IRS further delays health insurance coverage information reporting for small employers. The new health reform legislation generally requires employers to report the cost of health insurance they provide to employees on their W-2 forms. Last fall, the IRS made this new reporting requirement optional for all employers for the 2011 Forms W-2. More recently, the IRS announced that the reporting requirement will continue to be voluntary for small employers at least through 2012.
New settlement offer for those voluntarily disclosing unreported offshore income. The IRS has announced a second voluntary disclosure initiative designed to bring offshore money back into the U.S. tax system and help people with undisclosed income from hidden offshore accounts get current with their taxes. It will be available through Aug. 31, 2011. The IRS released details of the new voluntary offer, called the 2011 Offshore Voluntary Disclosure Initiative (OVDI), in the form of 53 frequently asked questions (FAQs). As with the first offer, participants have to pay back taxes and penalties but will avoid criminal prosecution. The offshore penalty is different under the new offer. The general rule is that the penalty is 25% based on amounts in foreign bank accounts, but can be as low as 12.5% or 5% for some taxpayers.
• Significantly increasing the dollar threshold when liens are generally issued, resulting in fewer tax liens.
• Making it easier for taxpayers to obtain lien withdrawals after paying a tax bill.
• Withdrawing liens in most cases where a taxpayer enters into a Direct Debit Installment Agreement.
• Creating easier access to Installment Agreements for more struggling small businesses; and
• Expanding a streamlined Offer in Compromise program to cover more taxpayers.
Another Appeals Court upholds IRS’s time limit on spousal relief requests. Married joint return filers are jointly and severally liable for the tax arising from their returns. Innocent spouses may request relief from this liability in certain circumstances. An IRS regulation states that a request for equitable innocent spouse relief must be no later than two years from the first collection activity against the spouse. The Tax Court had found this regulation invalidly imposed a time limit. However, the Court of Appeals for the Third Circuit has reversed the Tax Court and upheld the regulation (so has the Court of Appeals for the Seventh Circuit).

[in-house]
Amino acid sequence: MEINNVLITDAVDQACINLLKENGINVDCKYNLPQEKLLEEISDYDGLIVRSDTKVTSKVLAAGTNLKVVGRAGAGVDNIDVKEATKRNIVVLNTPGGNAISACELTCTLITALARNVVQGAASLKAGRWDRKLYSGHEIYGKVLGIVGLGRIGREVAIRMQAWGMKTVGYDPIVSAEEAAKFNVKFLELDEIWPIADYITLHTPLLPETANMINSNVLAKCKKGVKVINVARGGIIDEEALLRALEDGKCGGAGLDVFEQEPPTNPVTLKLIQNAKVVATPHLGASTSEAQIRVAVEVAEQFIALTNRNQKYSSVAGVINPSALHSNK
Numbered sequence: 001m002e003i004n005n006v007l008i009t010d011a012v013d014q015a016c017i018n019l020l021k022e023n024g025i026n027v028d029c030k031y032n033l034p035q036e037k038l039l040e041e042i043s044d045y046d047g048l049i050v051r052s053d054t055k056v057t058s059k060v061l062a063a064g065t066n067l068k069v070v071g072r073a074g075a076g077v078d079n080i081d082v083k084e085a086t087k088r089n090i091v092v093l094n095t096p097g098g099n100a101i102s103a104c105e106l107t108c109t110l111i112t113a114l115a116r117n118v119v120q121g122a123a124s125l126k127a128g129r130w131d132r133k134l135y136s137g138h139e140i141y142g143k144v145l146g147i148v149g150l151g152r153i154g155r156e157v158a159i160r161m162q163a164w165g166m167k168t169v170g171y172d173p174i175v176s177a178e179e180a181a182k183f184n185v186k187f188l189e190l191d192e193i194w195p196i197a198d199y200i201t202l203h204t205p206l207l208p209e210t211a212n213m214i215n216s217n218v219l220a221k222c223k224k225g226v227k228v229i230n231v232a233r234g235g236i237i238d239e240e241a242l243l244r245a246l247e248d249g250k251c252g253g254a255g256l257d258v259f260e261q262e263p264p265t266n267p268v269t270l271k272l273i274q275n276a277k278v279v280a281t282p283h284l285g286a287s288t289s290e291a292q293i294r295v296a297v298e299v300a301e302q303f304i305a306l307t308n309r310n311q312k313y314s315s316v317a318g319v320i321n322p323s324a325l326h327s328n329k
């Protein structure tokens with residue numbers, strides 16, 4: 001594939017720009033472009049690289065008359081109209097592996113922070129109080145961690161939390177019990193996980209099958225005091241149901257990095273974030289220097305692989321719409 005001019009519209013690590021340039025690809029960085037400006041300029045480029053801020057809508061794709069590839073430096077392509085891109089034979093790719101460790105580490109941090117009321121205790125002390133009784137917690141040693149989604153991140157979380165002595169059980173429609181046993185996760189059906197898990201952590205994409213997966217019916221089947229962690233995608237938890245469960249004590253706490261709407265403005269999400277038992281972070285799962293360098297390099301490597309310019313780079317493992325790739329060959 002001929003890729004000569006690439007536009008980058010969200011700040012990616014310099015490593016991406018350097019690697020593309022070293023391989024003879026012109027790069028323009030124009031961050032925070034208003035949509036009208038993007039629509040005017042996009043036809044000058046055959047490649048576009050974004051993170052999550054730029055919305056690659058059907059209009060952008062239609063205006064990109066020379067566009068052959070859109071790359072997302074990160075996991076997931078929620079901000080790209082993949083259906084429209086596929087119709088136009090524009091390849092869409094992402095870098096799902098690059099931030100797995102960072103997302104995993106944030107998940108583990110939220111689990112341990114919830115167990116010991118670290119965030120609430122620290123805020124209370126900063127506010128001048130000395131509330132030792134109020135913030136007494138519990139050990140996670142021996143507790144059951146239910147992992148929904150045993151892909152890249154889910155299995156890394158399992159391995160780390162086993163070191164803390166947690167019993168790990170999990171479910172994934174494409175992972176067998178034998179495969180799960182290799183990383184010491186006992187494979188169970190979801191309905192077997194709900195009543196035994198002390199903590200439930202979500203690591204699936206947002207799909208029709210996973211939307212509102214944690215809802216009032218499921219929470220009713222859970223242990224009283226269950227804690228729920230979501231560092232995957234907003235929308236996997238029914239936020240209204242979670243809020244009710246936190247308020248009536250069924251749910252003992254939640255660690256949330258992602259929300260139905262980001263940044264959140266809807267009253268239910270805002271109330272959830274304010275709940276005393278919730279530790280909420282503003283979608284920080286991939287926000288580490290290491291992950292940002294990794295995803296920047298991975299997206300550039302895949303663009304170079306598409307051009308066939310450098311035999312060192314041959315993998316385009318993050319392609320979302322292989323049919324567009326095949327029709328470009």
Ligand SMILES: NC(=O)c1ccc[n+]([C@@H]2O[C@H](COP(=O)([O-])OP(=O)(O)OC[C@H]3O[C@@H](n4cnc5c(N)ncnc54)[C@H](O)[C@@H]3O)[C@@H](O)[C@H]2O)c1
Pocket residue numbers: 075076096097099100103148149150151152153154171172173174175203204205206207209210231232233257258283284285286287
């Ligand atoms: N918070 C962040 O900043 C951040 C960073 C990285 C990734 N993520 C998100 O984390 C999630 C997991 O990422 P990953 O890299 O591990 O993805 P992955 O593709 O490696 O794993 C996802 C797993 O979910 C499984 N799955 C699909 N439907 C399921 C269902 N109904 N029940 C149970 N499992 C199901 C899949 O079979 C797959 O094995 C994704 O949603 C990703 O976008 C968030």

Business expenses of professional gamblers not limited. Gambling losses may be deducted only to the extent of gambling winnings, even in the case of an individual engaged in the trade or business of gambling. Previously, the Tax Court had held that losses for purposes of the limitation included both the cost of wagers and business expenses. Earlier this year, the Court overruled its prior position and now says that a professional gambler’s business expenses are not subject to the loss limitation.
Physician statement alone doesn’t establish financial disability to toll limitations period. In general, a taxpayer must file a claim for credit or refund of tax within three years after filing the return or two years after paying the tax, whichever period expires later. (Code Sec. 6511(a)) However, the statute of limitations is suspended for certain taxpayers who are unable to manage their financial affairs because of a medically determinable mental or physical impairment. A physician’s statement must be submitted to claim this relief, but a Court has made clear that the statement alone doesn’t establish that the taxpayer was financially disabled. Thus, it allowed the IRS to seek additional proof of the taxpayer’s condition.